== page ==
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does not occur before the reign of David. This wise and valiant prince, by many victories, not only enlarged the boundaries of his empire, but also subdued the kingdom of Edom (which he reduced into a province), and made himself master of the two ports of Elath and Ezion-geber on the Red Sea. Part of the wealth acquired by his conquests he employed in purchasing cedar-timber from Hiram I. king of Tyre, with whom he maintained a friendly correspondence as long as he lived; and he also hired Tyrian masons and carpenters for carrying on his works." This prince collected for the building of the temple, upwards of eight hundred millions of our money, according to Dr. Arbuthnot's calculations.” On the death of David, Solomon his successor cultivated the arts of peace, and was thereby enabled to indulge his taste for magnificence and luxury, more than his father could possibly do. Being blessed with a larger share of wisdom than ever before fell to the lot of any man, he directed his talents for business to the improvement of foreign commerce, which had not been expressly prohibited by Moses. He employed the vast wealth, amassed by his father, in works of architecture, and in strengthening and beautifying his kingdom. The celebrated temple at Jerusalem, the fortifications of that capital, and many entire cities, (among which was the famous Tadmor or Palmyra,) were built by him. Finding his own subjects but little qualified for such undertakings, he applied to Hiram II. king of Tyre, the son of his father's friend Hiram, who furnished him with cedar and fir (or cypress) timber, and large stones, all properly cut and prepared for building; which the Tyrians carried by water to the most convenient landing-place in Solomon's dominions. Hiram II. also sent a great number of workmen to assist and instruct Solomon's people, none of whom had skill to hew timber like wnto the Sidonians (1 Kings v. 5, 6.), as the Israelites then called the Tyrians, from their having been originally a colony from Sidon. Solomon, in return, furnished the Tyrians with corn, wine, and oil; and he even received a balance in gold. (1 Kings v. 9–11. 2 Chron. ii. 10.). It is not improbable, however, that the gold was the stipulated price for Solomon's cession of twenty towns to the Tyrians; which Hiram, not liking them, afterwards returned to him. (I Kings ix. 12, 13.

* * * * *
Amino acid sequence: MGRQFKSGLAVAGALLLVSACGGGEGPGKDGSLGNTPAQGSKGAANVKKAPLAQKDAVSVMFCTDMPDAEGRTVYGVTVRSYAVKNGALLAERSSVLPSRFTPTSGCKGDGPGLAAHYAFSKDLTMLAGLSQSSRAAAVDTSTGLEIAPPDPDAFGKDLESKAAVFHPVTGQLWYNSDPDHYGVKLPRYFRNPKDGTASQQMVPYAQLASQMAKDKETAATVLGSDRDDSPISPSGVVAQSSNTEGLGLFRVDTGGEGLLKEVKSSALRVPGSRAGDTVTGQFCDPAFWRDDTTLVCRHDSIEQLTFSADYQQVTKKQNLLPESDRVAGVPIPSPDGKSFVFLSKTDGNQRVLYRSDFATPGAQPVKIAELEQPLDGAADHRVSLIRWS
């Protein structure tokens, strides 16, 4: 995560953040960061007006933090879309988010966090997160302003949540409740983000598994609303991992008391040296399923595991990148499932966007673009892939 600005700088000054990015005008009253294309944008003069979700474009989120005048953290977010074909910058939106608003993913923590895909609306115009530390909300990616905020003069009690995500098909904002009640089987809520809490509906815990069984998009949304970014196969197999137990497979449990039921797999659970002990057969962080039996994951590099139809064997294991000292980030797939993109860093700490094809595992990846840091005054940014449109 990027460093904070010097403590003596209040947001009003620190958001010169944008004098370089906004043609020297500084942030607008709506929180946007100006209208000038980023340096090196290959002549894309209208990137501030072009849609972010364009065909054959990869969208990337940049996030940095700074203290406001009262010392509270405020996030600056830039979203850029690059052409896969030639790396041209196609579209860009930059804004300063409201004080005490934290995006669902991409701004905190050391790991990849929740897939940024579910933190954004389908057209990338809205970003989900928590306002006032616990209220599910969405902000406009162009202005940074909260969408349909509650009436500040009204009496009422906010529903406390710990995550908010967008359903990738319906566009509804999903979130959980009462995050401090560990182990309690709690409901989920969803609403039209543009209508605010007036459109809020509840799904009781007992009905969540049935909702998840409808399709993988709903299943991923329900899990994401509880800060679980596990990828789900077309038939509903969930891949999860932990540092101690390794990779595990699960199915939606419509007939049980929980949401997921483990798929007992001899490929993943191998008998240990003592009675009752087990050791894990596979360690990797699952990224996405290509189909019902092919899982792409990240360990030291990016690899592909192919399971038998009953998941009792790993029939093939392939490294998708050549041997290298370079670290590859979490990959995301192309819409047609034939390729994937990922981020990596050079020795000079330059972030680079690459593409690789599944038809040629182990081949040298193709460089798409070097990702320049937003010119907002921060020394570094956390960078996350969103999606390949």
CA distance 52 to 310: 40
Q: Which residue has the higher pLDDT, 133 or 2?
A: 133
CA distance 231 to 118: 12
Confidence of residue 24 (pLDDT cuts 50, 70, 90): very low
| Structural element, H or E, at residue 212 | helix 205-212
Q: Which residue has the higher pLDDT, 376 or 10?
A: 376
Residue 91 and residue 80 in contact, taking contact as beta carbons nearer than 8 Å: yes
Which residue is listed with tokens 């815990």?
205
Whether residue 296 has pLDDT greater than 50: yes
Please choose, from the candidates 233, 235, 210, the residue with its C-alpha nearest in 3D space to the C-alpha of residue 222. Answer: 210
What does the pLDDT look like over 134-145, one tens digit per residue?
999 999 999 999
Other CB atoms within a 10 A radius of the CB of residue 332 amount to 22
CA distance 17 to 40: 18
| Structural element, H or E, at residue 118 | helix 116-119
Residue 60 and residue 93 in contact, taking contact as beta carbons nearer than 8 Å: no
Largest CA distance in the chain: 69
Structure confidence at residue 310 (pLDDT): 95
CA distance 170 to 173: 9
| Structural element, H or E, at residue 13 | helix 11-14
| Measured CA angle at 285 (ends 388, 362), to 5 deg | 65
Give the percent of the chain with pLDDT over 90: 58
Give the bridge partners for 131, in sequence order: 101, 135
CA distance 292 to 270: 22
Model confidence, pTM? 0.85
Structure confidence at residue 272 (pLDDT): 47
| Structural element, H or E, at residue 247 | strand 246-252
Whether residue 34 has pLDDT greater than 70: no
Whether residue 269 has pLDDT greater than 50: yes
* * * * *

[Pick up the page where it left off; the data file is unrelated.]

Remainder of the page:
The * intercourse of trade and friendship, which Solomon had with the first commercial people in the western world, inspired him with a strong desire to participate in the advantages of trade. His father's conquests, as we have already seen, had extended his territories to the Red Sea or the Arabian Gulf, and had given him the possession of a good harbour, whence ships might be de

! Eupolemus, an antient writer quoted by Eusebius (De Prep. Evang. lib. ix). says that David built ships in Arabia, in which he sent men skilled in mines and metals to the island of Ophir. Some modern authors, improving upon this rather *Picious authority, have ascribed to David the honour of being the founder of th. great East Indian commerce. t*Tables of Antient Coins, pp. 35.208.